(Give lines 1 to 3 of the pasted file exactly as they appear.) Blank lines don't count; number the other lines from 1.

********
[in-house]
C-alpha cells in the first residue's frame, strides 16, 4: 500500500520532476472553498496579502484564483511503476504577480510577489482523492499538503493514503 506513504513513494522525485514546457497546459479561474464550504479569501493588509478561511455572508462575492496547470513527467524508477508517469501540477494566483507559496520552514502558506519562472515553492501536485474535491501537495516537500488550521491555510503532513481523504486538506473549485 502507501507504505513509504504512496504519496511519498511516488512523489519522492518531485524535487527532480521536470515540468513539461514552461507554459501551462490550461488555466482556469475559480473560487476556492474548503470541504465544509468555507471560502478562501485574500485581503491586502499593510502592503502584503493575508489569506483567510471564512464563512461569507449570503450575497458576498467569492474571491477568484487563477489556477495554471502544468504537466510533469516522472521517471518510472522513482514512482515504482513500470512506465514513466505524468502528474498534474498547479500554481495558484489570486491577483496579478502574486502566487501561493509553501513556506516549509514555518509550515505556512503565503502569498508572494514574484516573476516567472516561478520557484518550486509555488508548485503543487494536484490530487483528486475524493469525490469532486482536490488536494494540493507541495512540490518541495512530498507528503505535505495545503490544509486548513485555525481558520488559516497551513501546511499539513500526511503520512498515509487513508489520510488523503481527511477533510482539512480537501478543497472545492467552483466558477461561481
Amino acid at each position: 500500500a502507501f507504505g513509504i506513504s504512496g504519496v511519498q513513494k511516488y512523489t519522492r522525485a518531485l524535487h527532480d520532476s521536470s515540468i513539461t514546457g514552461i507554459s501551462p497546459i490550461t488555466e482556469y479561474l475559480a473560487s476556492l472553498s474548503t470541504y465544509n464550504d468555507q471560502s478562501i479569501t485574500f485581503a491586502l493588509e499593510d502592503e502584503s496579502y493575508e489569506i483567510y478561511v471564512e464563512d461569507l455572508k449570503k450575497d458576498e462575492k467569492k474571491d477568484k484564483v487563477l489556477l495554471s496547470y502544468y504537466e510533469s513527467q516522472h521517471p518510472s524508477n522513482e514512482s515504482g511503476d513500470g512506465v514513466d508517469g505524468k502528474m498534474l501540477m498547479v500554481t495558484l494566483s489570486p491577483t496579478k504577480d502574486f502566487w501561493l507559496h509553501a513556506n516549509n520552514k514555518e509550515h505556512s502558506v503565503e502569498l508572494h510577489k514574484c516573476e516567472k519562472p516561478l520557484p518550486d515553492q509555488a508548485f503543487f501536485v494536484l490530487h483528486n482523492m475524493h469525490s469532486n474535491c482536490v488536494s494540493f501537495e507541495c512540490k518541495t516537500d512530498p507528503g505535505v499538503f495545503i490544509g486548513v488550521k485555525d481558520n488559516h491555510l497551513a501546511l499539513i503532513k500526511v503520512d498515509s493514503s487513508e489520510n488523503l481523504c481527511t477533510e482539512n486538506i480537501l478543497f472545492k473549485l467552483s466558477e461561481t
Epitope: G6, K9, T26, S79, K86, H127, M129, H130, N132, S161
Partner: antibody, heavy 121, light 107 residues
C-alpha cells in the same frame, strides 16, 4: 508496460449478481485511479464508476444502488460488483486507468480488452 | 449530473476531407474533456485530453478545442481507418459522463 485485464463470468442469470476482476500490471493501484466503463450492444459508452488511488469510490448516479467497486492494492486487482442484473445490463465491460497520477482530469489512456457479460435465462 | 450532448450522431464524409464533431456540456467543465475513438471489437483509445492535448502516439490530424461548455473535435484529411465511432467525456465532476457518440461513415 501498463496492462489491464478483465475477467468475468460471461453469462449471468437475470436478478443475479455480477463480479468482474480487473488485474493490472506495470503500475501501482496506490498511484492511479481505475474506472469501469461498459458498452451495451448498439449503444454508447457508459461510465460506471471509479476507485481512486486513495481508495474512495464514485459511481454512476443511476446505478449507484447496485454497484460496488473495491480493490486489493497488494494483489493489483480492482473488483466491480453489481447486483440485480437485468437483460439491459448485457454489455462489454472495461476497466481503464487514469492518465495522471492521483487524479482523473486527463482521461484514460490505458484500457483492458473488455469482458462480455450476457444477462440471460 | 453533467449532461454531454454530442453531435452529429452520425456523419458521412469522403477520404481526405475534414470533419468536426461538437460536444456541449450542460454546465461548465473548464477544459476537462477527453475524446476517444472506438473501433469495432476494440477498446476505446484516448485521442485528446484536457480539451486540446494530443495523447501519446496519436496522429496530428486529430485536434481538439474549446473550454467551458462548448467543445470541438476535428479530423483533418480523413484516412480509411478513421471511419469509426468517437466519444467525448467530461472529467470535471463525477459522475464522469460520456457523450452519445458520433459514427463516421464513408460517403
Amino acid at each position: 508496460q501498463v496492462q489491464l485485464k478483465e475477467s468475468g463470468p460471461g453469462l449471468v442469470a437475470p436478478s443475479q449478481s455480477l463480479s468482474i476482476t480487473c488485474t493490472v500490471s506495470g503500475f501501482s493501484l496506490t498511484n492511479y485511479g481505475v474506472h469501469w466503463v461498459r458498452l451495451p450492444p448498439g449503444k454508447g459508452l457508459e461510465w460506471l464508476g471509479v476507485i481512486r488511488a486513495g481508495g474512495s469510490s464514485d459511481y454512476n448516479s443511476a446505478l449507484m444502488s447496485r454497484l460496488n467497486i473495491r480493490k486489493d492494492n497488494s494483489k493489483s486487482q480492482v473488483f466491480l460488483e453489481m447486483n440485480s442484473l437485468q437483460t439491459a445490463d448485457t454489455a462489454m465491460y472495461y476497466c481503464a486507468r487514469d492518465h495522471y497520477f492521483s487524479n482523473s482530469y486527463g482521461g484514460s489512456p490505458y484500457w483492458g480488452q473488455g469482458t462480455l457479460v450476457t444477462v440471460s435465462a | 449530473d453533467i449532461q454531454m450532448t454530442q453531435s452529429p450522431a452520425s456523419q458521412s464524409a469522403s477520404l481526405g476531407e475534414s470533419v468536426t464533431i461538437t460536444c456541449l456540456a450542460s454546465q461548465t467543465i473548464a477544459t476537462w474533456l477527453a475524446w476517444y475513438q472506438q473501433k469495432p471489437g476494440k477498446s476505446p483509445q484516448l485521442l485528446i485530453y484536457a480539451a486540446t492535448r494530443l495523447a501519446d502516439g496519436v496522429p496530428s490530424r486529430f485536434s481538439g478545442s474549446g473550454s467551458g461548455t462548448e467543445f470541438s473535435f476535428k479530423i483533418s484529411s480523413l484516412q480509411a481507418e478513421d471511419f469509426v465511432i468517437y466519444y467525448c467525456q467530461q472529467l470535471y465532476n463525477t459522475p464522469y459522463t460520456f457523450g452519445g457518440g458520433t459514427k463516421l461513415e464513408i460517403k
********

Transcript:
[in-house]
C-alpha cells in the first residue's frame, strides 16, 4: 500500500520532476472553498496579502484564483511503476504577480510577489482523492499538503493514503 506513504513513494522525485514546457497546459479561474464550504479569501493588509478561511455572508462575492496547470513527467524508477508517469501540477494566483507559496520552514502558506519562472515553492501536485474535491501537495516537500488550521491555510503532513481523504486538506473549485 502507501507504505513509504504512496504519496511519498511516488512523489519522492518531485524535487527532480521536470515540468513539461514552461507554459501551462490550461488555466482556469475559480473560487476556492474548503470541504465544509468555507471560502478562501485574500485581503491586502499593510502592503502584503493575508489569506483567510471564512464563512461569507449570503450575497458576498467569492474571491477568484487563477489556477495554471502544468504537466510533469516522472521517471518510472522513482514512482515504482513500470512506465514513466505524468502528474498534474498547479500554481495558484489570486491577483496579478502574486502566487501561493509553501513556506516549509514555518509550515505556512503565503502569498508572494514574484516573476516567472516561478520557484518550486509555488508548485503543487494536484490530487483528486475524493469525490469532486482536490488536494494540493507541495512540490518541495512530498507528503505535505495545503490544509486548513485555525481558520488559516497551513501546511499539513500526511503520512498515509487513508489520510488523503481527511477533510482539512480537501478543497472545492467552483466558477461561481
Amino acid at each position: 500500500a502507501f507504505g513509504i506513504s504512496g504519496v511519498q513513494k511516488y512523489t519522492r522525485a518531485l524535487h527532480d520532476s521536470s515540468i513539461t514546457g514552461i507554459s501551462p497546459i490550461t488555466e482556469y479561474l475559480a473560487s476556492l472553498s474548503t470541504y465544509n464550504d468555507q471560502s478562501i479569501t485574500f485581503a491586502l493588509e499593510d502592503e502584503s496579502y493575508e489569506i483567510y478561511v471564512e464563512d461569507l455572508k449570503k450575497d458576498e462575492k467569492k474571491d477568484k484564483v487563477l489556477l495554471s496547470y502544468y504537466e510533469s513527467q516522472h521517471p518510472s524508477n522513482e514512482s515504482g511503476d513500470g512506465v514513466d508517469g505524468k502528474m498534474l501540477m498547479v500554481t495558484l494566483s489570486p491577483t496579478k504577480d502574486f502566487w501561493l507559496h509553501a513556506n516549509n520552514k514555518e509550515h505556512s502558506v503565503e502569498l508572494h510577489k514574484c516573476e516567472k519562472p516561478l520557484p518550486d515553492q509555488a508548485f503543487f501536485v494536484l490530487h483528486n482523492m475524493h469525490s469532486n474535491c482536490v488536494s494540493f501537495e507541495c512540490k518541495t516537500d512530498p507528503g505535505v499538503f495545503i490544509g486548513v488550521k485555525d481558520n488559516h491555510l497551513a501546511l499539513i503532513k500526511v503520512d498515509s493514503s487513508e489520510n488523503l481523504c481527511t477533510e482539512n486538506i480537501l478543497f472545492k473549485l467552483s466558477e461561481t